A small pilot study suggests that methylphenidate may improve emotional and cognitive symptoms in patients with posttraumatic stress disorder (PTSD). Researchers reported their findings in Neuropsychopharmacology.
Results from the 12-week, randomized, double-blind, placebo-controlled trial linked treatment with methylphenidate with statistically significant improvement on the Ruff Neurobehavioral Inventory—Postcomorbid Cognitive Scale, which assessed cognitive difficulties and was the study’s primary outcome.
In addition, treatment with methylphenidate was associated with improvement in symptoms of concussion, as measured by then the Rivermead Post Concussive Symptom Questionnaire, and with improvement in PTSD symptoms, as measured by the Posttraumatic Stress Disorder Checklist.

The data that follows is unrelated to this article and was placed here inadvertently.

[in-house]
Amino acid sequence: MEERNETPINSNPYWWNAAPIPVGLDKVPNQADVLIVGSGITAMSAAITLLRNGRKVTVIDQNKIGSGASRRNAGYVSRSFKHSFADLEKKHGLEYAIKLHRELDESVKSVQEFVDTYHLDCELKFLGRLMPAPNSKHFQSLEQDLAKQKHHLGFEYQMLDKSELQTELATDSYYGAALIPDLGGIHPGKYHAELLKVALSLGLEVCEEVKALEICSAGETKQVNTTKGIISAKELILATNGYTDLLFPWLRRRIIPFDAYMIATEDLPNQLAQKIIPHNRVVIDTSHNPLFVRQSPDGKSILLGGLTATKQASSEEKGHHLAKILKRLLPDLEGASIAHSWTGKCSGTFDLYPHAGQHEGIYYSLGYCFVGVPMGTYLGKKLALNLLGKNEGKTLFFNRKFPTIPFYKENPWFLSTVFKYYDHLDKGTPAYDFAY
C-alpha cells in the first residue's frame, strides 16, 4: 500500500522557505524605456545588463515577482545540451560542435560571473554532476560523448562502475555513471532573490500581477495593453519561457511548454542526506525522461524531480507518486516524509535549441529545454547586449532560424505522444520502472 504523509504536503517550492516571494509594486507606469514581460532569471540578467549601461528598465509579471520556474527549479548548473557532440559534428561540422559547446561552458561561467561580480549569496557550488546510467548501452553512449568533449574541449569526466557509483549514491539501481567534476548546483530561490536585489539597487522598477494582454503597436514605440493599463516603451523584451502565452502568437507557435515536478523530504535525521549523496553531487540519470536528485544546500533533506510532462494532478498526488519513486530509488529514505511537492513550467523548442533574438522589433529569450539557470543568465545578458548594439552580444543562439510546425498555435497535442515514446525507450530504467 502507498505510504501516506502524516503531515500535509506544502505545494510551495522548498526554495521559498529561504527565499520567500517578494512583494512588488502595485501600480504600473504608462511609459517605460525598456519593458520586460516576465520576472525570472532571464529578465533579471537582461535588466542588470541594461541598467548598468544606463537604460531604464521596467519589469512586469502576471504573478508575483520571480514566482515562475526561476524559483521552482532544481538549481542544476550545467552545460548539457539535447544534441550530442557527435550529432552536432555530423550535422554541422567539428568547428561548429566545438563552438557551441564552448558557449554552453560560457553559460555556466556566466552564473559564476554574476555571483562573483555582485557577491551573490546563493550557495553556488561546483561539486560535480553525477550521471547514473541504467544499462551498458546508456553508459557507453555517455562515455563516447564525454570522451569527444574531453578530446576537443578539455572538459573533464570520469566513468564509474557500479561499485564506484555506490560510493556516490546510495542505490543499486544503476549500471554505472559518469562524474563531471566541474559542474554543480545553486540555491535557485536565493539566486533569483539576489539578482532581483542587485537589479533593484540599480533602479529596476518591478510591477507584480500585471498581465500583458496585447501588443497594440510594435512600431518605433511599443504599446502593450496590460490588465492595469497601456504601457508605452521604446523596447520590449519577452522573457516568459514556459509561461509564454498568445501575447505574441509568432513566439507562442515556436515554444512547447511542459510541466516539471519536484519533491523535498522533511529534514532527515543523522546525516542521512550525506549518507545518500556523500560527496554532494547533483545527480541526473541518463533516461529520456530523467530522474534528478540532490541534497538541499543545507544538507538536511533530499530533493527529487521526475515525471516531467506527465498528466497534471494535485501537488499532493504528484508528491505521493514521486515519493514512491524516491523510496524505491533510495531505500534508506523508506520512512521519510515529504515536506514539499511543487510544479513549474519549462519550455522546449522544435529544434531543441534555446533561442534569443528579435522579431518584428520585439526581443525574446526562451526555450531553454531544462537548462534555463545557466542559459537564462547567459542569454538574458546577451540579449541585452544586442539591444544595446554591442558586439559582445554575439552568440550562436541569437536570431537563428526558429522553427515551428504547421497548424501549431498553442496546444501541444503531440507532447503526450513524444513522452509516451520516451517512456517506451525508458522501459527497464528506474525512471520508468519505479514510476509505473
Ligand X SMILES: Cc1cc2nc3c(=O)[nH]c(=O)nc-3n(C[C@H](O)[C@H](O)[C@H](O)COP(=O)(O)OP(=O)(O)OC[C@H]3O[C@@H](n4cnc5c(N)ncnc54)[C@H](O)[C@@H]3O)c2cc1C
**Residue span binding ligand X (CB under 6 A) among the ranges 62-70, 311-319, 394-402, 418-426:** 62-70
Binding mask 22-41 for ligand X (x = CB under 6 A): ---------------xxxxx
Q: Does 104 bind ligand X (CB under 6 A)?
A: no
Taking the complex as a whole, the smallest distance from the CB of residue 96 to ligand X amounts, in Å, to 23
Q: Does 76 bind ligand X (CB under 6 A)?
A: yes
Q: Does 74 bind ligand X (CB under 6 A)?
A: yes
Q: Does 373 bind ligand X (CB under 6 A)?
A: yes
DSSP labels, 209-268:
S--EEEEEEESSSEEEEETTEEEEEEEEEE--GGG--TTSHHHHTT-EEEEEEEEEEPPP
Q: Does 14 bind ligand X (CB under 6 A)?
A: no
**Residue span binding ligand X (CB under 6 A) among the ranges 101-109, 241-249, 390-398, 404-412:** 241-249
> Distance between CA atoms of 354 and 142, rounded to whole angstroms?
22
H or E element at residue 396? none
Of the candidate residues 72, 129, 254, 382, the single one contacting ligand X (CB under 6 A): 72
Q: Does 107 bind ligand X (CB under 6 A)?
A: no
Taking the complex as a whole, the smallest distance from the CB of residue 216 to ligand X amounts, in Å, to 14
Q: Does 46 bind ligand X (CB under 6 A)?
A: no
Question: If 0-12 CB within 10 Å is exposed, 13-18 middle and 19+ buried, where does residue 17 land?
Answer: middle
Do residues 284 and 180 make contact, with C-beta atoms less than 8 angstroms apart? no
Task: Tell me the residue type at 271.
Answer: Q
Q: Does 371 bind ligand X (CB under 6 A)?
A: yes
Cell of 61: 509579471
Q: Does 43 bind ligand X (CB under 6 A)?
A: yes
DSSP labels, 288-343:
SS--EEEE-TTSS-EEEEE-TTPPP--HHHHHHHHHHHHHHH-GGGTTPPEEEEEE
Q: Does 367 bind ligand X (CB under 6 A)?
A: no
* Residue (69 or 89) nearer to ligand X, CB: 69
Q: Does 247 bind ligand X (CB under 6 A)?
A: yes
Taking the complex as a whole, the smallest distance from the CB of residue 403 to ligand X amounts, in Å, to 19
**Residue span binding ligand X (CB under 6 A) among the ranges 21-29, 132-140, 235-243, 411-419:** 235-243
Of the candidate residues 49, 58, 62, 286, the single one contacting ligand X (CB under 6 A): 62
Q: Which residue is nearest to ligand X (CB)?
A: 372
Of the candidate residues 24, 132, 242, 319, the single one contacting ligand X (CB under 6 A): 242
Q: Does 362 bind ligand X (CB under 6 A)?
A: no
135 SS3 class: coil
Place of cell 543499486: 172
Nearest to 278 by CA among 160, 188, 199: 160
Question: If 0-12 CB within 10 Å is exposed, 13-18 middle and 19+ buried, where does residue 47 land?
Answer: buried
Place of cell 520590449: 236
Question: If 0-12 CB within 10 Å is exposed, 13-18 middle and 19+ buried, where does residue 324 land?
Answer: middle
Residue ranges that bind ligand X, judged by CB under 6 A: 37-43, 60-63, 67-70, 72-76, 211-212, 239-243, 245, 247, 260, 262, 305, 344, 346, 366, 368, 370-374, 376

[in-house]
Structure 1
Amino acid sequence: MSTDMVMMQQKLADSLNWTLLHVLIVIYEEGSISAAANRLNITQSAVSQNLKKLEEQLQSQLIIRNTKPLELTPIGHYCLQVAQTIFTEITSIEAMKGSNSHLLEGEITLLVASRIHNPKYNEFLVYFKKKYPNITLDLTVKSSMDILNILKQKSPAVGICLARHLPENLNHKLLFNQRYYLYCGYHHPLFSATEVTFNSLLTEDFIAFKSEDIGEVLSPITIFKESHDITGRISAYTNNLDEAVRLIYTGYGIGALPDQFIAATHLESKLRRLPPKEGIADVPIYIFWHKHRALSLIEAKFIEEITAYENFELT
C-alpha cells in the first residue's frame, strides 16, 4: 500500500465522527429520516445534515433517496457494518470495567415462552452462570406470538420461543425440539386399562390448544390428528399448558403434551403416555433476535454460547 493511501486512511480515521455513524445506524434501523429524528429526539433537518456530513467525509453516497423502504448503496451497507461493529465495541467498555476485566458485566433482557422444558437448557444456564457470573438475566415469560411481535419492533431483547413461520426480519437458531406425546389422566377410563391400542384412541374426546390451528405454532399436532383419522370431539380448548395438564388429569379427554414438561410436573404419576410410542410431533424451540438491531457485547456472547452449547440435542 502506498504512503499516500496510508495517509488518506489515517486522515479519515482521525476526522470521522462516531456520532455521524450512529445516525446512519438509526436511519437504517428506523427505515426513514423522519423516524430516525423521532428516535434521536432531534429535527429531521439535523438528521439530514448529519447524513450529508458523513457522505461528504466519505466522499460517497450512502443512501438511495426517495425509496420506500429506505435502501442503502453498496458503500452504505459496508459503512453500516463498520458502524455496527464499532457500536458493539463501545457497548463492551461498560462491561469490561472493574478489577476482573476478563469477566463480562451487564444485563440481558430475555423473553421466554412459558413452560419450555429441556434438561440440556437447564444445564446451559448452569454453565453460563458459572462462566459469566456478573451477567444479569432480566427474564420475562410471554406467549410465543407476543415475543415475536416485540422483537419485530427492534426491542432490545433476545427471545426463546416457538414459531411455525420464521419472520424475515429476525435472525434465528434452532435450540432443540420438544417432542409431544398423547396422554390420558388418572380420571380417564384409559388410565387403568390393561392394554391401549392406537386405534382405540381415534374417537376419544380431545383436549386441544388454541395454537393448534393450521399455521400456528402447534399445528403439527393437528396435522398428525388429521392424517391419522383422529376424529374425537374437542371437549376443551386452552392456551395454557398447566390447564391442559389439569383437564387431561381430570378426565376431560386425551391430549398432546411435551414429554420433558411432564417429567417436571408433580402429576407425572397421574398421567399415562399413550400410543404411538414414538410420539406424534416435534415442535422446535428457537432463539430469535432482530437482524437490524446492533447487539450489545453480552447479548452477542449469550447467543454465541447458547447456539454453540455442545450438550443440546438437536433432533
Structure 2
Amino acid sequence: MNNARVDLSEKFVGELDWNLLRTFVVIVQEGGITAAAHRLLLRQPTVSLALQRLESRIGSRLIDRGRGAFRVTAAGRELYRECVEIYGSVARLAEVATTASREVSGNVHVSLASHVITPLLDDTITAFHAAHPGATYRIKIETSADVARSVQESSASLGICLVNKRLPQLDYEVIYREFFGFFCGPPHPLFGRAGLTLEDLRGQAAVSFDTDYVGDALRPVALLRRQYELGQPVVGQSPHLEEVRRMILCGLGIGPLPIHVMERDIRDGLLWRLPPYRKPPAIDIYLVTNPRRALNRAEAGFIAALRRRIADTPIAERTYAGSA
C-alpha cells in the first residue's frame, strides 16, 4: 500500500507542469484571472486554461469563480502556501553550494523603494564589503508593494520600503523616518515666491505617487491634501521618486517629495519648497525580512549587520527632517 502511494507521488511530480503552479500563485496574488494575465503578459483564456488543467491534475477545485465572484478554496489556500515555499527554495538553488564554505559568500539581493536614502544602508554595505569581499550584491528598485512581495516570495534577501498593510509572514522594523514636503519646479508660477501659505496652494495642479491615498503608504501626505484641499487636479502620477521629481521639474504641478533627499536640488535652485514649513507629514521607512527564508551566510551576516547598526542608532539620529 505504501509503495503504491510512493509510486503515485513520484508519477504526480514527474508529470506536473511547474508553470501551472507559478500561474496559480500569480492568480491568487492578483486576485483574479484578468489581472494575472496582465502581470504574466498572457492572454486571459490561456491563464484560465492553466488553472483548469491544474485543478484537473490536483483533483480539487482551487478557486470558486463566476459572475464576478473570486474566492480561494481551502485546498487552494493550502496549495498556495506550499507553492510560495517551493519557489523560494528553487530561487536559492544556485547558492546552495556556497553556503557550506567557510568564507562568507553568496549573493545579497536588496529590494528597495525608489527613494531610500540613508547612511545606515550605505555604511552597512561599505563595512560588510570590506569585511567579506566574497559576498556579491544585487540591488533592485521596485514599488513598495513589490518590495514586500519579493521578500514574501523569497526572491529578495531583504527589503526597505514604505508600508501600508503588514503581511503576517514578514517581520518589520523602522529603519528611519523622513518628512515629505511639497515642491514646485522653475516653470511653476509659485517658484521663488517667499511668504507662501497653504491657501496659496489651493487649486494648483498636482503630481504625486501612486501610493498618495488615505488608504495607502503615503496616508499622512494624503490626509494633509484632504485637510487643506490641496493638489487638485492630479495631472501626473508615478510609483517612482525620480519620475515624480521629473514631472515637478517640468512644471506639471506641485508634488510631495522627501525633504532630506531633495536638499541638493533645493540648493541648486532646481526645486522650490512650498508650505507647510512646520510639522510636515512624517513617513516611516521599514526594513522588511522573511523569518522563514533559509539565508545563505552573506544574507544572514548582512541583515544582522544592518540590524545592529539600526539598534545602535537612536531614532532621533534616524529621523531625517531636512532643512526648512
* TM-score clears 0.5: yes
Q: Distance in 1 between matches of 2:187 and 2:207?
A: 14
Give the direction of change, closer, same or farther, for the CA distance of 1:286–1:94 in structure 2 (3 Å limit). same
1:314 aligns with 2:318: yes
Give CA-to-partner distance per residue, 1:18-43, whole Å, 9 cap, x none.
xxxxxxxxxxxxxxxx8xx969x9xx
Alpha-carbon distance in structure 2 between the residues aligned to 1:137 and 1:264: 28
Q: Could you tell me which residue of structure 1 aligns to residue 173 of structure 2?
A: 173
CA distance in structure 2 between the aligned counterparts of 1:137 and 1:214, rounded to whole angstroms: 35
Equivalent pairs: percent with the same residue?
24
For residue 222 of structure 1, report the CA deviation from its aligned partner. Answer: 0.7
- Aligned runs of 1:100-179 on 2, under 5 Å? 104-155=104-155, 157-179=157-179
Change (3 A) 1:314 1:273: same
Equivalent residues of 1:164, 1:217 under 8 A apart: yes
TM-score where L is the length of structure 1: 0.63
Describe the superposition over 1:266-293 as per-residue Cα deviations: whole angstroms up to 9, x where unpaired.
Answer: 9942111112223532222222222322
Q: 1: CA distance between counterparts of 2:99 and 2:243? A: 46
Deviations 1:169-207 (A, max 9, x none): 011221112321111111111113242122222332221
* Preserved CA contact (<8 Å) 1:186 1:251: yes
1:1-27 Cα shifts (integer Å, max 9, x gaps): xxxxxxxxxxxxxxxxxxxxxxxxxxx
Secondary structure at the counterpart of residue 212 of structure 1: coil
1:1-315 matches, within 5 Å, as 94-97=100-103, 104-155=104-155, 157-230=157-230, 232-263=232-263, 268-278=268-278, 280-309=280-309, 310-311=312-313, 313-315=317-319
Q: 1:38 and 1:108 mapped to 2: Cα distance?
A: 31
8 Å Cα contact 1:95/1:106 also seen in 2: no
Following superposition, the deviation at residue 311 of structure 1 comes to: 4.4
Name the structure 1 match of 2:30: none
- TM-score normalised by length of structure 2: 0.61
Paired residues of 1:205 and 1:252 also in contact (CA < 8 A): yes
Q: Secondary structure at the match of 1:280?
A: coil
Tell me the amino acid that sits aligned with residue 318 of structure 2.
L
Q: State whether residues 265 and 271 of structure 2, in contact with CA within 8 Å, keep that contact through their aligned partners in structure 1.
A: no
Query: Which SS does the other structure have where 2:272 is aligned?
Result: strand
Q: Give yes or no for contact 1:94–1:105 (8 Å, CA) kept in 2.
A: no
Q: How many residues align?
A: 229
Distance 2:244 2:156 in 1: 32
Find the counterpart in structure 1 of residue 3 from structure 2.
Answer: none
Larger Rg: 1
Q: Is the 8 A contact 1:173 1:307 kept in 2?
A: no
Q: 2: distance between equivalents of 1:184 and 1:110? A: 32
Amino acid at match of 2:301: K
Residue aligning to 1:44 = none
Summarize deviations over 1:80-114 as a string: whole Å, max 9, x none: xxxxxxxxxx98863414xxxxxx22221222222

The trial involved 32 patients with TBI, PTSD, or both; participants were randomly assigned to either methylphenidate, galantamine, or placebo. Methylphenidate, a drug typically used for ADHD, seemed to improve symptoms of PTSD, depression, and concussion, while galantamine, a drug used to treat Alzheimer’s disease, improved episodic memory and did not improve symptoms of PTSD.
According to the researchers, the treatment was well tolerated and the study results support the idea of conducting further investigations.
“These results suggest the need for a larger randomized controlled trial to replicate and confirm these findings. Design considerations for such a trial should include the need for multiple sites to facilitate adequate recruitment and extension of the treatment and follow-up periods,” the study authors wrote.
1. McAllister TW, Zafonte R, Jain S, et al. Randomized placebo-controlled trial of methylphenidate or galantamine for persistent emotional and cognitive symptoms associated with PTSD and/or traumatic brain injury. Neuropsychopharmacology. 2015 Sep 11;[Epub ahead of print].